Prince of Puppies

Canines get the royal treatment.

By Marene Gustin
Photo by Yvonne Feece

Don Puryear at his Happy Tails Dog Spa.

“It’s like having 100, 200 dogs!” he says happily. “And I get to play with them all day.”

The 42-year-old Puryear, who grew up with miniature schnauzers, may have been thinking play date, but the two-year-old business had a mind of its own. Today, the “spa” center for grooming, the two large-sized rooms (one for big dogs and one for small dogs), the outdoor playground with pool, and the charming lobby, which resembles a children’s boutique for dogs with puppy birthday treats and too-cute doggie clothes, attract the canine clientele of River Oaks millionaires, Midtown yuppies with puppies, and even star athletes. And, just like a Houston prep school, Happy Tails also has a waiting list. Currently, it’s about 100 names long, which is why Puryear is opening a second location in the Heights early next year.

But besides just being cute, the dog spa also takes advantage of technology.

“It’s exciting for someone to be able to log on at work and watch their dog playing,” Puryear says of the Internet cam that catches the frolicking of the four-legged kids. Happy Tails employs 16 people, and there are generally two employees in the playrooms, tossing balls, handing out pats and ear rubs. You just can’t help but smile watching the animals bouncing around the rooms, leaping on kiddie slides and sofas. Noisy, yes, but for dog lovers, it’s like dropping your pet off at an indoor dog park for the day.

Puryear lives just across the street from Happy Tails, in a townhouse with his partner of 16 years, Angel Valdez. Valdez does the accounting for the dog spa, as well as the cooking at home. They share their abode, of course, with dogs—two charmingly well-fed Yorkies, Spike and his sis Daisy—and yes, they enjoy playing at Happy Tails, too. But it isn’t just pampered pooches that benefit from Puryear’s passion for pups.

“Don is truly a person who inspires,” says Laura Hanley Carlock, a board member of Scout’s Honor Rescue, Inc. “He demonstrates that one can work hard, be highly successful, and still have time to give back to the community in a big way. Without all of the time, resources, and financial support Don has dedicated to Scout’s Honor, we would not have been able to help near the number of animals we have helped in the past two years. He is a good friend with a huge heart.”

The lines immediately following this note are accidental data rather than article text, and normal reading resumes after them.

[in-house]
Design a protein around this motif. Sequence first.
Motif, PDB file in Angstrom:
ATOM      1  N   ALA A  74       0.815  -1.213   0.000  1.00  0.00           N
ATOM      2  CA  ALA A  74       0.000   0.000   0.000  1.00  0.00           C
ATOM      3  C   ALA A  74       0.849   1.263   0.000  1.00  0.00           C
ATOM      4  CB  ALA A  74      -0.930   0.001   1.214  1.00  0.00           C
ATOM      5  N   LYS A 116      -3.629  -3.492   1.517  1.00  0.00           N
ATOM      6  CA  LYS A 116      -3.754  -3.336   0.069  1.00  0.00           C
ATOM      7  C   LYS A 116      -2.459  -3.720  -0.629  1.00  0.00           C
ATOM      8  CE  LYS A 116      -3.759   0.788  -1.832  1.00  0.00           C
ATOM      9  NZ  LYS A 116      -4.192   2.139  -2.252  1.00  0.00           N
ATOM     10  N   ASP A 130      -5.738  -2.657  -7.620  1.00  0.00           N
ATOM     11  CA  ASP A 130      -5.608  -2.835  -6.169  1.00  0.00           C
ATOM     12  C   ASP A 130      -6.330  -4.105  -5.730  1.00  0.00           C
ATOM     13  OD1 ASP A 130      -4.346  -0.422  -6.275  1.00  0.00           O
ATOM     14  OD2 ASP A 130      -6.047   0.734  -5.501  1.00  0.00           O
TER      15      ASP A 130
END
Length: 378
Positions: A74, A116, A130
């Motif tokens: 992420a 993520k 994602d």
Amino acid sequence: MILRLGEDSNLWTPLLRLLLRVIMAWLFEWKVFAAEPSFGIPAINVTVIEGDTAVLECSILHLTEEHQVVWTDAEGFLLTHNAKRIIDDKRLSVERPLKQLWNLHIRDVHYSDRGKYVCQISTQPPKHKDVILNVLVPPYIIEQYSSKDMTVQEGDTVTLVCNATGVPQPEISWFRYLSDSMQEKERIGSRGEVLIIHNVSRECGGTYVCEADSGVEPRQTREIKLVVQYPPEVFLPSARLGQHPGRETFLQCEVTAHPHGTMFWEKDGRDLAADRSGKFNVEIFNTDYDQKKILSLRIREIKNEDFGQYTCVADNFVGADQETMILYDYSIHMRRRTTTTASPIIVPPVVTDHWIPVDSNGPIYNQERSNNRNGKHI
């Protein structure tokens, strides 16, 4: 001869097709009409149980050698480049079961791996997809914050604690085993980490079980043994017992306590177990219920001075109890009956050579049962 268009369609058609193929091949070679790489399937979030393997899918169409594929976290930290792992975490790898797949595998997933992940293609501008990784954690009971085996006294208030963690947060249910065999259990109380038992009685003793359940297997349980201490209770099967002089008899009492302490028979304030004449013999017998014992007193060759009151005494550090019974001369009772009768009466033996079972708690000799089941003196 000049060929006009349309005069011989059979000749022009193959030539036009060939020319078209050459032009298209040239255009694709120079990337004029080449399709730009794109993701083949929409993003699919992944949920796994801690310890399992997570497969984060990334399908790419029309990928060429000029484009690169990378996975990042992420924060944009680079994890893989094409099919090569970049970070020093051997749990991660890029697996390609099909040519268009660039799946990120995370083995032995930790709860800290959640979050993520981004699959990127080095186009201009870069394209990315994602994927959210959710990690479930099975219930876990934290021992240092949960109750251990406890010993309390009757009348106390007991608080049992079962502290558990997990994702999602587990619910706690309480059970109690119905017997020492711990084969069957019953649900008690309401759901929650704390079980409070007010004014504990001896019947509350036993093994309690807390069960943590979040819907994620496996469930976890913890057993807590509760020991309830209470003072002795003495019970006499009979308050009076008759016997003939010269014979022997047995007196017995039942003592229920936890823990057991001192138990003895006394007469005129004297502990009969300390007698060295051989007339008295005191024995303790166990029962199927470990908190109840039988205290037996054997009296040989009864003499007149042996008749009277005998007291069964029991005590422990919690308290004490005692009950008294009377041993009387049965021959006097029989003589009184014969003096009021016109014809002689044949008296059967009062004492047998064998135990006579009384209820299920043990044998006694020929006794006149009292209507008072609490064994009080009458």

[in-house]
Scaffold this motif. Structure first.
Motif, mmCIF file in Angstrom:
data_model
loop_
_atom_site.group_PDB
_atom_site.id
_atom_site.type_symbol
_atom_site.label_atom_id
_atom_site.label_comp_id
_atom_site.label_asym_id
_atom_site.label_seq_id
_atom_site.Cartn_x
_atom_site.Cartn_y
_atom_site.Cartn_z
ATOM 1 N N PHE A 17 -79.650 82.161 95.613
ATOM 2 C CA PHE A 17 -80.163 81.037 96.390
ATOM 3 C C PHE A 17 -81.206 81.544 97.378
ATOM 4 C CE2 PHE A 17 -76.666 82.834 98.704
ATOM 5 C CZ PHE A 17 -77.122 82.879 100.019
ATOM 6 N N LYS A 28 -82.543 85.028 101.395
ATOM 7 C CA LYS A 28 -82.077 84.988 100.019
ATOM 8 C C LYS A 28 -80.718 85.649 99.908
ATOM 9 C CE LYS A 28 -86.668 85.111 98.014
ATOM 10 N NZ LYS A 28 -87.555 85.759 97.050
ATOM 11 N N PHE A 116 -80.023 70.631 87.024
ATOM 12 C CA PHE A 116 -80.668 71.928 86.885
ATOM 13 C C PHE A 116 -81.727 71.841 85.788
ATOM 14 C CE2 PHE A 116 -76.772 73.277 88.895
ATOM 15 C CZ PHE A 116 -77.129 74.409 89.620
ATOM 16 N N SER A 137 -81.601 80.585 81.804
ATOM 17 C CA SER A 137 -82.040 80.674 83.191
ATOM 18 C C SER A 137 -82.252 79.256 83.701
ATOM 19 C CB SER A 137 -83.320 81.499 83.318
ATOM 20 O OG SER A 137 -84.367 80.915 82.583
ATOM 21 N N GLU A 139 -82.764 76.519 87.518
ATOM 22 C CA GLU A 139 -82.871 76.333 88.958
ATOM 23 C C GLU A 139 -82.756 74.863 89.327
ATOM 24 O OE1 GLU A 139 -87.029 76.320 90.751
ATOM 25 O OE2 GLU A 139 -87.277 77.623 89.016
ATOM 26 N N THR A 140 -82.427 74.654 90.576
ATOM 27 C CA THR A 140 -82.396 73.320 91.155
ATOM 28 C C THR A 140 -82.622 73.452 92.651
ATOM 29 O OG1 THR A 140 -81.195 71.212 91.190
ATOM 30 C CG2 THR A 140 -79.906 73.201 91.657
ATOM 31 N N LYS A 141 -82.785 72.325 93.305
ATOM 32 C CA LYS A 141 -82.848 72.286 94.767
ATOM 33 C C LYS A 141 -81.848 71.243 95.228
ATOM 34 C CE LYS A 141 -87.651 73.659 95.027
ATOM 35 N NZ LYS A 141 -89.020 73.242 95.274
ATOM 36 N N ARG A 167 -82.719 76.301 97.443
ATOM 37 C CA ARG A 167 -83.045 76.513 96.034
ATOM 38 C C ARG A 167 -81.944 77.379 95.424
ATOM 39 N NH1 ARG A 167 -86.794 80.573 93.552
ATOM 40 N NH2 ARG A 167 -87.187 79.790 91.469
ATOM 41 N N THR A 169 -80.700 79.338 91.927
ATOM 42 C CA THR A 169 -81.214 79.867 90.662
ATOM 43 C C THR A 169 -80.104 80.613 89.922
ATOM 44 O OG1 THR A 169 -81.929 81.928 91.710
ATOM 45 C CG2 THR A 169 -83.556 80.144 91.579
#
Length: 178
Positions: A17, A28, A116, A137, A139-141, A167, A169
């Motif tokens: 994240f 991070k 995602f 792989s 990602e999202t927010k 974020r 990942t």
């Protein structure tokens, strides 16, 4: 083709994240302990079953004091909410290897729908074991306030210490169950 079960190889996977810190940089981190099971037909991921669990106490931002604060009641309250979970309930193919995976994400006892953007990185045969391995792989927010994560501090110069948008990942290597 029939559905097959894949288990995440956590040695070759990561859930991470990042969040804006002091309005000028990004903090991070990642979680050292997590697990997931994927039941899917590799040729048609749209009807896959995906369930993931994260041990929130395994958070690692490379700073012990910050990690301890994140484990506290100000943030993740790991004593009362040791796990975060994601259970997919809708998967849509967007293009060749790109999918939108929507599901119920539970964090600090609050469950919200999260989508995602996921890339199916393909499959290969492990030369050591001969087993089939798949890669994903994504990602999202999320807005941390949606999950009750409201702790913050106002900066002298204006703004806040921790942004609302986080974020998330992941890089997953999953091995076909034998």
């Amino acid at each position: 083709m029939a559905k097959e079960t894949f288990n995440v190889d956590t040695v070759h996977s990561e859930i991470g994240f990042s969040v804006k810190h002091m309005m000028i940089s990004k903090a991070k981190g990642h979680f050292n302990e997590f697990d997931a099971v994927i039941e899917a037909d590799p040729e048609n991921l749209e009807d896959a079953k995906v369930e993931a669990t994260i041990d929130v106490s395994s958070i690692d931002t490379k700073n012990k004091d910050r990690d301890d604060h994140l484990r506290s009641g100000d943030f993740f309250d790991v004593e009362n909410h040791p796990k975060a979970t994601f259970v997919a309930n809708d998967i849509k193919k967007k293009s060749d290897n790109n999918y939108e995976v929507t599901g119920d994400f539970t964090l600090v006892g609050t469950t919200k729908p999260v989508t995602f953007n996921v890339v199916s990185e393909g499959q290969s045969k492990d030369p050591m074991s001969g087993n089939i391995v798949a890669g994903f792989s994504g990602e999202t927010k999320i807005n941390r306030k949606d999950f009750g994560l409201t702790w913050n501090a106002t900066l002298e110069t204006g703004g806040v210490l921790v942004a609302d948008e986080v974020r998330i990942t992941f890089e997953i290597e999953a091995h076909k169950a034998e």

In fact, Puryear is underwriting the nonprofit’s November 6 fundraiser, the First Annual Movie Night & Silent Auction at the River Oaks Theatre and Epicure Café.

“I’ve always been a supporter of the ASPCA and rescue groups,” Puryear says, “but I’m very impressed with Scout’s Honor because of their foster model. They take all dogs they find and place them in foster homes so they are with people while waiting for adoption. I did a Dog Bath fundraiser for them last year that raised $26,000, and this year I thought we would do something more fun for the owners, so we went with the movie and silent auction. I wanted to underwrite all the costs so that every dollar that was donated went directly to Scout’s Honor.”

Little Spike and Daisy may be two pampered pups, but they are also part of a family that is making a difference for abandoned dogs and cats in the Houston area. We’re sure, if they could, they would give a big paws-up to Papa Puryear and his support of Scout’s Honor.

Marene Gustin is a regular contributor to OutSmart magazine.


Marene Gustin

Marene Gustin has written about Texas culture, food, fashion, the arts, and Lone Star politics and crime for television, magazines, the web and newspapers nationwide, and worked in Houston politics for six years. Her freelance work has appeared in the Austin Chronicle, Austin-American Statesman, Houston Chronicle, Houston Press, Texas Monthly, Dance International, Dance Magazine, the Advocate, Prime Living, InTown magazine, OutSmart magazine and web sites CultureMap Houston and Austin, Eater Houston and Gayot.com, among others.

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